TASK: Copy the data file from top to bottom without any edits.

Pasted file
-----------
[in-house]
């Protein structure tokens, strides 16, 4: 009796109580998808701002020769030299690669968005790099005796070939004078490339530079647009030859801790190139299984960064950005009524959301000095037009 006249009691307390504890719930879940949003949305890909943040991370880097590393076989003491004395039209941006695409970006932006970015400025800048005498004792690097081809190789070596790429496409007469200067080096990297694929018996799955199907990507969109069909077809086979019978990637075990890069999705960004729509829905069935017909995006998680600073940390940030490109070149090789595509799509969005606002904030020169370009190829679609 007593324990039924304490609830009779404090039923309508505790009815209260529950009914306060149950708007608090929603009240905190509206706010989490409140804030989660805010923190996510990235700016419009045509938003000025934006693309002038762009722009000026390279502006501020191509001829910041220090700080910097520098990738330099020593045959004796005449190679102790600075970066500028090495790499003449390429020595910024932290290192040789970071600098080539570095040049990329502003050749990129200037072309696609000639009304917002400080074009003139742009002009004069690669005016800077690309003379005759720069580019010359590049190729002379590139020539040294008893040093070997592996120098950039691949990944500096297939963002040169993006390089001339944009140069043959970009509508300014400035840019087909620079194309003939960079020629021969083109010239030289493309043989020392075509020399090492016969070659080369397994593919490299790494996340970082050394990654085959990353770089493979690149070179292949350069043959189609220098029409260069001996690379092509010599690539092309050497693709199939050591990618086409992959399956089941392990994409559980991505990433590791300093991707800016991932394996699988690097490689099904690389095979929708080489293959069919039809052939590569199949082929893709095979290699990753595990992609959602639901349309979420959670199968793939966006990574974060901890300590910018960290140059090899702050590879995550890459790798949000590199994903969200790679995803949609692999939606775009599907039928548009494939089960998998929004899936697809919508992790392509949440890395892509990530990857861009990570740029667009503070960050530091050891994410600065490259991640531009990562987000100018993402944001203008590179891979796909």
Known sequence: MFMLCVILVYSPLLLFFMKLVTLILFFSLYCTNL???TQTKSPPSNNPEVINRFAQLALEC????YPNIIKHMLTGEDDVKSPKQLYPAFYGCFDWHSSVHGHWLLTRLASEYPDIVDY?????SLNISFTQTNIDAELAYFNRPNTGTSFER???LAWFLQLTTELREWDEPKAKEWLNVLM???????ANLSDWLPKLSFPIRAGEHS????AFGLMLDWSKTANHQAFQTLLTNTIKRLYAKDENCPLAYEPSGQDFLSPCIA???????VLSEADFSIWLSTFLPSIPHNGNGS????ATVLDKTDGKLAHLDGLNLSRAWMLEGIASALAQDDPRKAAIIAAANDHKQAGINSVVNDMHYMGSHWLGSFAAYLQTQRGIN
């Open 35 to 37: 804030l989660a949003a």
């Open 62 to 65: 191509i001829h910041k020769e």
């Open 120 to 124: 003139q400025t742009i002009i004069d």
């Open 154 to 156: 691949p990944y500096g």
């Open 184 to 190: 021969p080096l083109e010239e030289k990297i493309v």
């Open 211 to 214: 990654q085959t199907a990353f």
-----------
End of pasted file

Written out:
[in-house]
């Protein structure tokens, strides 16, 4: 009796109580998808701002020769030299690669968005790099005796070939004078490339530079647009030859801790190139299984960064950005009524959301000095037009 006249009691307390504890719930879940949003949305890909943040991370880097590393076989003491004395039209941006695409970006932006970015400025800048005498004792690097081809190789070596790429496409007469200067080096990297694929018996799955199907990507969109069909077809086979019978990637075990890069999705960004729509829905069935017909995006998680600073940390940030490109070149090789595509799509969005606002904030020169370009190829679609 007593324990039924304490609830009779404090039923309508505790009815209260529950009914306060149950708007608090929603009240905190509206706010989490409140804030989660805010923190996510990235700016419009045509938003000025934006693309002038762009722009000026390279502006501020191509001829910041220090700080910097520098990738330099020593045959004796005449190679102790600075970066500028090495790499003449390429020595910024932290290192040789970071600098080539570095040049990329502003050749990129200037072309696609000639009304917002400080074009003139742009002009004069690669005016800077690309003379005759720069580019010359590049190729002379590139020539040294008893040093070997592996120098950039691949990944500096297939963002040169993006390089001339944009140069043959970009509508300014400035840019087909620079194309003939960079020629021969083109010239030289493309043989020392075509020399090492016969070659080369397994593919490299790494996340970082050394990654085959990353770089493979690149070179292949350069043959189609220098029409260069001996690379092509010599690539092309050497693709199939050591990618086409992959399956089941392990994409559980991505990433590791300093991707800016991932394996699988690097490689099904690389095979929708080489293959069919039809052939590569199949082929893709095979290699990753595990992609959602639901349309979420959670199968793939966006990574974060901890300590910018960290140059090899702050590879995550890459790798949000590199994903969200790679995803949609692999939606775009599907039928548009494939089960998998929004899936697809919508992790392509949440890395892509990530990857861009990570740029667009503070960050530091050891994410600065490259991640531009990562987000100018993402944001203008590179891979796909």
Known sequence: MFMLCVILVYSPLLLFFMKLVTLILFFSLYCTNL???TQTKSPPSNNPEVINRFAQLALEC????YPNIIKHMLTGEDDVKSPKQLYPAFYGCFDWHSSVHGHWLLTRLASEYPDIVDY?????SLNISFTQTNIDAELAYFNRPNTGTSFER???LAWFLQLTTELREWDEPKAKEWLNVLM???????ANLSDWLPKLSFPIRAGEHS????AFGLMLDWSKTANHQAFQTLLTNTIKRLYAKDENCPLAYEPSGQDFLSPCIA???????VLSEADFSIWLSTFLPSIPHNGNGS????ATVLDKTDGKLAHLDGLNLSRAWMLEGIASALAQDDPRKAAIIAAANDHKQAGINSVVNDMHYMGSHWLGSFAAYLQTQRGIN
């Open 35 to 37: 804030l989660a949003a």
């Open 62 to 65: 191509i001829h910041k020769e």
């Open 120 to 124: 003139q400025t742009i002009i004069d």
């Open 154 to 156: 691949p990944y500096g």
């Open 184 to 190: 021969p080096l083109e010239e030289k990297i493309v």
């Open 211 to 214: 990654q085959t199907a990353f």